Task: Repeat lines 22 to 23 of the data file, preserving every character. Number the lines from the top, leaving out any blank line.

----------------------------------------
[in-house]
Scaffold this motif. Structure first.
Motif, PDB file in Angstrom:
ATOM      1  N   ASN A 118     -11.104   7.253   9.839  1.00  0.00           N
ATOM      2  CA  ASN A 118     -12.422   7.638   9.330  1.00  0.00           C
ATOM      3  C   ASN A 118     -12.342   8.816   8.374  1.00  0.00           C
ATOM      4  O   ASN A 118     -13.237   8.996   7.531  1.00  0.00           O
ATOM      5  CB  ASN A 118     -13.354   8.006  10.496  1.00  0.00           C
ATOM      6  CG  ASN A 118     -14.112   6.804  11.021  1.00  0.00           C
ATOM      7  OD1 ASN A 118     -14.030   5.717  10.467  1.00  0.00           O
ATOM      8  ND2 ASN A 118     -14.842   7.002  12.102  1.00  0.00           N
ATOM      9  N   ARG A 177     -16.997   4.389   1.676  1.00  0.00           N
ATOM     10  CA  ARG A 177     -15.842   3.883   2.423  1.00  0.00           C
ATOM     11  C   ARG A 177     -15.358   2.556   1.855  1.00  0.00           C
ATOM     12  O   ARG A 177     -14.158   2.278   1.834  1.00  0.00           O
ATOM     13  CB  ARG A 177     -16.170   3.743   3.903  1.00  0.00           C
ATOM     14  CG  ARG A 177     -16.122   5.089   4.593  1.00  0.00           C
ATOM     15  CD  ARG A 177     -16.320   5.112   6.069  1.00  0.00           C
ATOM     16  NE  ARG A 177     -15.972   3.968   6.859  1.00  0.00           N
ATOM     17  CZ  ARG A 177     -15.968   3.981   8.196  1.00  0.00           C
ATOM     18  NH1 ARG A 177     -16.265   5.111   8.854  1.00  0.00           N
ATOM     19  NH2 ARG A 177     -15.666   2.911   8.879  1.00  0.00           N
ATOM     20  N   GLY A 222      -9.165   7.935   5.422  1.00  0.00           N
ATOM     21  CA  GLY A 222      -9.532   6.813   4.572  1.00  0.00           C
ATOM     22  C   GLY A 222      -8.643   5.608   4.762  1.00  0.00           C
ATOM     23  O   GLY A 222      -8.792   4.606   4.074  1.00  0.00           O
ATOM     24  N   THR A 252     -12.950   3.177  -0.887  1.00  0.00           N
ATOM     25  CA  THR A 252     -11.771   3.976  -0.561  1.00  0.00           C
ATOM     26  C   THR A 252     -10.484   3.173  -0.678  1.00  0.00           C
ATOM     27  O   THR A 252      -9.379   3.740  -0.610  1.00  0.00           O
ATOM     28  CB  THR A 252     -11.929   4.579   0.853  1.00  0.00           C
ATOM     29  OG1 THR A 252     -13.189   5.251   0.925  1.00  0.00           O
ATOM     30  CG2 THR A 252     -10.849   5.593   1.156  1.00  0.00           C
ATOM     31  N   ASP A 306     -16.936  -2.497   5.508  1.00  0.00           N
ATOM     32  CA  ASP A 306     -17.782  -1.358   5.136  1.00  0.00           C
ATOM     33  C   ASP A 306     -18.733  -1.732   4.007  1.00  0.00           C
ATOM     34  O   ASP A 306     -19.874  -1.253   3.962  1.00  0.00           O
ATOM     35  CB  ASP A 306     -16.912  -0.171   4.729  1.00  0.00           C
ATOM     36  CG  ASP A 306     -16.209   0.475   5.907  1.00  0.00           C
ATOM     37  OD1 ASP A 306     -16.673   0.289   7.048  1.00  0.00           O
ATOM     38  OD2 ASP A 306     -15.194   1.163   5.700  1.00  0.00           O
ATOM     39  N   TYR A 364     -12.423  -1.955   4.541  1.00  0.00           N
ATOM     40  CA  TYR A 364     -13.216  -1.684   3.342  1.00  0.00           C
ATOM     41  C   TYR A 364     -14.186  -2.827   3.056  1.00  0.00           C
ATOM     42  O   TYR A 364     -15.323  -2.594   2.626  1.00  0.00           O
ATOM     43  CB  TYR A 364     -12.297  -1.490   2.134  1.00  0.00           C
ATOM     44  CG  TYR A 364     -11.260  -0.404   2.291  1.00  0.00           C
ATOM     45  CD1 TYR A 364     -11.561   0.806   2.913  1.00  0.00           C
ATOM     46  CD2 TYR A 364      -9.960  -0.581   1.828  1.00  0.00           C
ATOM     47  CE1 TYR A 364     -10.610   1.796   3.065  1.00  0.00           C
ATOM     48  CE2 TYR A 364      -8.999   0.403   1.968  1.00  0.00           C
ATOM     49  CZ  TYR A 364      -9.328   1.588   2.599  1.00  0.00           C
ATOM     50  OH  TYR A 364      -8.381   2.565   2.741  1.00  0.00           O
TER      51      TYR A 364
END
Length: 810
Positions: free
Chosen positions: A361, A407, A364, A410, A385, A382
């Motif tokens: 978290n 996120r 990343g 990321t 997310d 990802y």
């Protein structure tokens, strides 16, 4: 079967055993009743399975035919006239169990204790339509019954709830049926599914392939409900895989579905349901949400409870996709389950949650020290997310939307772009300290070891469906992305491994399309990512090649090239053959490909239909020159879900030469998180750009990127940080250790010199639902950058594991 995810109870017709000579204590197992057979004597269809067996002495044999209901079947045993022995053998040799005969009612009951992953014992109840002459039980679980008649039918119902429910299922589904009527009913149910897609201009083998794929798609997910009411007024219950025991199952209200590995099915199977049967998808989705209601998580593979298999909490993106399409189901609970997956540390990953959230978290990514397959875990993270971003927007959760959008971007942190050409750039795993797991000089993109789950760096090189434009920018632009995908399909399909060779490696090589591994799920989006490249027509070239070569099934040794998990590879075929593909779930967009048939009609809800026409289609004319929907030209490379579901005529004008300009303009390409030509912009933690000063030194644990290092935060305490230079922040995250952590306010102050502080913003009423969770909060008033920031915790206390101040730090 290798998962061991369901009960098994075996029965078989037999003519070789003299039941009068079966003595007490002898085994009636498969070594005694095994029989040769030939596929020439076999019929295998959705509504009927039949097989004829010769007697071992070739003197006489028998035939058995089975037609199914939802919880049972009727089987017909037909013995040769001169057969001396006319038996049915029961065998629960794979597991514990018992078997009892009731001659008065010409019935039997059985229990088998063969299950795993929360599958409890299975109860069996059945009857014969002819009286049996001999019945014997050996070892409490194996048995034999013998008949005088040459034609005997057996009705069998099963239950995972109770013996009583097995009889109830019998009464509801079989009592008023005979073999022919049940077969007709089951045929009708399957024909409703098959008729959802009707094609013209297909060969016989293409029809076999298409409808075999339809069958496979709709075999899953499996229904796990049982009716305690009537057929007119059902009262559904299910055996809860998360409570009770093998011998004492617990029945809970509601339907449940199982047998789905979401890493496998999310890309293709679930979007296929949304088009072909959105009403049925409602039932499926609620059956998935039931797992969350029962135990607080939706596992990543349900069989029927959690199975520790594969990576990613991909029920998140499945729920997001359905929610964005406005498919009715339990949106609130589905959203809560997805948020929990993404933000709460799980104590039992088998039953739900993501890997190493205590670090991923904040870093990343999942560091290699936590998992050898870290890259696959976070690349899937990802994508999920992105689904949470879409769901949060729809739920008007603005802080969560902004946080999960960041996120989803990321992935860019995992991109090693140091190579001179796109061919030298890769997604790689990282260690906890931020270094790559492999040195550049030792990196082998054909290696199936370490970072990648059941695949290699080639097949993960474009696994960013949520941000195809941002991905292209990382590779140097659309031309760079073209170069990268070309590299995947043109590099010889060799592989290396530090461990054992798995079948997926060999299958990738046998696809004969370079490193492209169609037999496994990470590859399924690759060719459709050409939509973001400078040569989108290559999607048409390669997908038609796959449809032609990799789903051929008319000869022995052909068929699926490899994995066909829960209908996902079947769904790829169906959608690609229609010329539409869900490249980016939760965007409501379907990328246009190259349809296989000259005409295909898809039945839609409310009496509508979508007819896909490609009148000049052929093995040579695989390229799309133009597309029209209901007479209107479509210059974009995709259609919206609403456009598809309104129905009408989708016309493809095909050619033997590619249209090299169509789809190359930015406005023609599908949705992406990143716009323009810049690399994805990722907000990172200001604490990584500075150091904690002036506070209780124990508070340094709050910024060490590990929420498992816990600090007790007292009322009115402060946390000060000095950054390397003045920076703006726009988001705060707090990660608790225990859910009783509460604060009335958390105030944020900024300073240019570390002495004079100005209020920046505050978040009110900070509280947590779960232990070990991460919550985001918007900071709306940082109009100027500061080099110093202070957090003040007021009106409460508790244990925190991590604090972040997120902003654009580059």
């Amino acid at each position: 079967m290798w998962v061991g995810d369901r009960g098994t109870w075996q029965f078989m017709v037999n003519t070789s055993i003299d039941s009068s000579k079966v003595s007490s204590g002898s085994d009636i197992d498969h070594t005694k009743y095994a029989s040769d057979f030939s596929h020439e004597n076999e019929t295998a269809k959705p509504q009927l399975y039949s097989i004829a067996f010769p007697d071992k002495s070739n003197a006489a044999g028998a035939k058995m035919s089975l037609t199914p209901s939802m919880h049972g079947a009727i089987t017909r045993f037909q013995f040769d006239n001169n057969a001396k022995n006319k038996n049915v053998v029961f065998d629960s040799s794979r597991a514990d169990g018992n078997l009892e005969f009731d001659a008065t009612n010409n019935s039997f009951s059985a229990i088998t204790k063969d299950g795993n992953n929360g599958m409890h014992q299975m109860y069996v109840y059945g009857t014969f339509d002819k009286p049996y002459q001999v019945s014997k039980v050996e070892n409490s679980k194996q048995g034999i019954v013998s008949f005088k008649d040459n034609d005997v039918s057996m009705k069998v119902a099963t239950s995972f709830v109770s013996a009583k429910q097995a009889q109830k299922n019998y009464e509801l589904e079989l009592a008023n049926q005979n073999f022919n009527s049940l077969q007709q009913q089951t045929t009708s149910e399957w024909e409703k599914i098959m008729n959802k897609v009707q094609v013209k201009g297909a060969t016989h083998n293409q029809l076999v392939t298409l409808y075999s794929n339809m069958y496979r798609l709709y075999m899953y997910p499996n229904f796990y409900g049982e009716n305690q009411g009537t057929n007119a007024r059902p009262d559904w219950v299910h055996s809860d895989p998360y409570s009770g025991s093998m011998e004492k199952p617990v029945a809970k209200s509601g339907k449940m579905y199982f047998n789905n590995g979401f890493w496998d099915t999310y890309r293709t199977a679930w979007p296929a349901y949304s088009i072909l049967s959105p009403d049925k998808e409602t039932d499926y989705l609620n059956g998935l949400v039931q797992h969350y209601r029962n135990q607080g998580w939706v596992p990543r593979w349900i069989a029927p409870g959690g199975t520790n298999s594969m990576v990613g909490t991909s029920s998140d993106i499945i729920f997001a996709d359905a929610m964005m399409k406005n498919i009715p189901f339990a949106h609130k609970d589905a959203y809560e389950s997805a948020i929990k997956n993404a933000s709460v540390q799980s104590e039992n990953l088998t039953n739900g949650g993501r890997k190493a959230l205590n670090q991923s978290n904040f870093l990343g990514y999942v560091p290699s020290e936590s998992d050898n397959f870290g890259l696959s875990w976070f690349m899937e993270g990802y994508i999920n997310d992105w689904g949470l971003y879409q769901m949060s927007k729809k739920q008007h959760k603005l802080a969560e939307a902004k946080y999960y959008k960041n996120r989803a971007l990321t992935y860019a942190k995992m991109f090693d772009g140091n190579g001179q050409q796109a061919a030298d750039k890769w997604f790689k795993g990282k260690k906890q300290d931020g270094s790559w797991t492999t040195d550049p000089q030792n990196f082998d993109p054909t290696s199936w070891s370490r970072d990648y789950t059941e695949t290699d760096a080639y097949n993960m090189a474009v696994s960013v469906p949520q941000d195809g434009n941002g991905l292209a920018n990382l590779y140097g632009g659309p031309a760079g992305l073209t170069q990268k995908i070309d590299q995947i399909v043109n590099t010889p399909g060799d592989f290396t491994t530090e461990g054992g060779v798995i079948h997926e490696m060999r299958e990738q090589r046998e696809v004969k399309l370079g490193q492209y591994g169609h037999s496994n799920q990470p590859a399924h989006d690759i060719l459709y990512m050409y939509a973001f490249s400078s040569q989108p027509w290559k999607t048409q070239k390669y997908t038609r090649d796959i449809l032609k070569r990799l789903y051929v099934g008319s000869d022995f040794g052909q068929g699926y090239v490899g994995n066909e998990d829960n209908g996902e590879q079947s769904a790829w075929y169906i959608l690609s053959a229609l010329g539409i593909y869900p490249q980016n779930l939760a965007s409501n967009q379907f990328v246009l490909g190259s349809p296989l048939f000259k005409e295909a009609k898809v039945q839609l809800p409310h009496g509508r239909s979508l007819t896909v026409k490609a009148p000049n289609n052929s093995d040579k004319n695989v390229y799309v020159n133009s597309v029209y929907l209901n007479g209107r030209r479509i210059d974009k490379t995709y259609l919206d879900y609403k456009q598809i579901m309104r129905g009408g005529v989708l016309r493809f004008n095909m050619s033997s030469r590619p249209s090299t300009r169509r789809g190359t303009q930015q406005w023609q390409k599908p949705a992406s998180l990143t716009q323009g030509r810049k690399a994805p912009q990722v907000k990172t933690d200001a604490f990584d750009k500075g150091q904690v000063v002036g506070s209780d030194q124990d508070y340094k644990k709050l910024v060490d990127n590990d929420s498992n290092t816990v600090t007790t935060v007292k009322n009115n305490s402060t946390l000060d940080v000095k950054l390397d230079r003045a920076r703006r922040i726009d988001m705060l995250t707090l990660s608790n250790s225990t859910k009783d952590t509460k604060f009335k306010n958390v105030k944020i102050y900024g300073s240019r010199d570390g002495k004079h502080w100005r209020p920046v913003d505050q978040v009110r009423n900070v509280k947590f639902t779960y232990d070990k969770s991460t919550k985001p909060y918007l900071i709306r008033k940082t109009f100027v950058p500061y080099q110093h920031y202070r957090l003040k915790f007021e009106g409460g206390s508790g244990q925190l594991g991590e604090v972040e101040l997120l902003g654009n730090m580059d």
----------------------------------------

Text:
ATOM     19  NH2 ARG A 177     -15.666   2.911   8.879  1.00  0.00           N
ATOM     20  N   GLY A 222      -9.165   7.935   5.422  1.00  0.00           N